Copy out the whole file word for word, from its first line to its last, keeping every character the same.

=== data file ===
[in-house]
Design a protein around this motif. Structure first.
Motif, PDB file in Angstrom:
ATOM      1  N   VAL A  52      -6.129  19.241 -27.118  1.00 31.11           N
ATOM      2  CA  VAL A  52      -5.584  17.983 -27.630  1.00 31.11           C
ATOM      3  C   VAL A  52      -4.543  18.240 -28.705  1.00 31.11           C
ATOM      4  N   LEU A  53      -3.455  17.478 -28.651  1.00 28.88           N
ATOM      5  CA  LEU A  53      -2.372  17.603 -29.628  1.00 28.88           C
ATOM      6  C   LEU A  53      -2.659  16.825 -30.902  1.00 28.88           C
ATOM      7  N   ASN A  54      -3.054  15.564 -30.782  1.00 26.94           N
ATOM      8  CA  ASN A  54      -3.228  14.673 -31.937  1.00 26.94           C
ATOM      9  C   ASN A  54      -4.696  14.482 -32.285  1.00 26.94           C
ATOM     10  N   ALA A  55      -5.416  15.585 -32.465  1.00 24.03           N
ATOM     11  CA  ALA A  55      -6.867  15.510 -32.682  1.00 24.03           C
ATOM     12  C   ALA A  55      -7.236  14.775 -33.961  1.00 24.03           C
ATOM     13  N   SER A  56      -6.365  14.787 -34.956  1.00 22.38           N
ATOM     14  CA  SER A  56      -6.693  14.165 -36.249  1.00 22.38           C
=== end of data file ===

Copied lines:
[in-house]
Design a protein around this motif. Structure first.
Motif, PDB file in Angstrom:
ATOM      1  N   VAL A  52      -6.129  19.241 -27.118  1.00 31.11           N
ATOM      2  CA  VAL A  52      -5.584  17.983 -27.630  1.00 31.11           C
ATOM      3  C   VAL A  52      -4.543  18.240 -28.705  1.00 31.11           C
ATOM      4  N   LEU A  53      -3.455  17.478 -28.651  1.00 28.88           N
ATOM      5  CA  LEU A  53      -2.372  17.603 -29.628  1.00 28.88           C
ATOM      6  C   LEU A  53      -2.659  16.825 -30.902  1.00 28.88           C
ATOM      7  N   ASN A  54      -3.054  15.564 -30.782  1.00 26.94           N
ATOM      8  CA  ASN A  54      -3.228  14.673 -31.937  1.00 26.94           C
ATOM      9  C   ASN A  54      -4.696  14.482 -32.285  1.00 26.94           C
ATOM     10  N   ALA A  55      -5.416  15.585 -32.465  1.00 24.03           N
ATOM     11  CA  ALA A  55      -6.867  15.510 -32.682  1.00 24.03           C
ATOM     12  C   ALA A  55      -7.236  14.775 -33.961  1.00 24.03           C
ATOM     13  N   SER A  56      -6.365  14.787 -34.956  1.00 22.38           N
ATOM     14  CA  SER A  56      -6.693  14.165 -36.249  1.00 22.38           C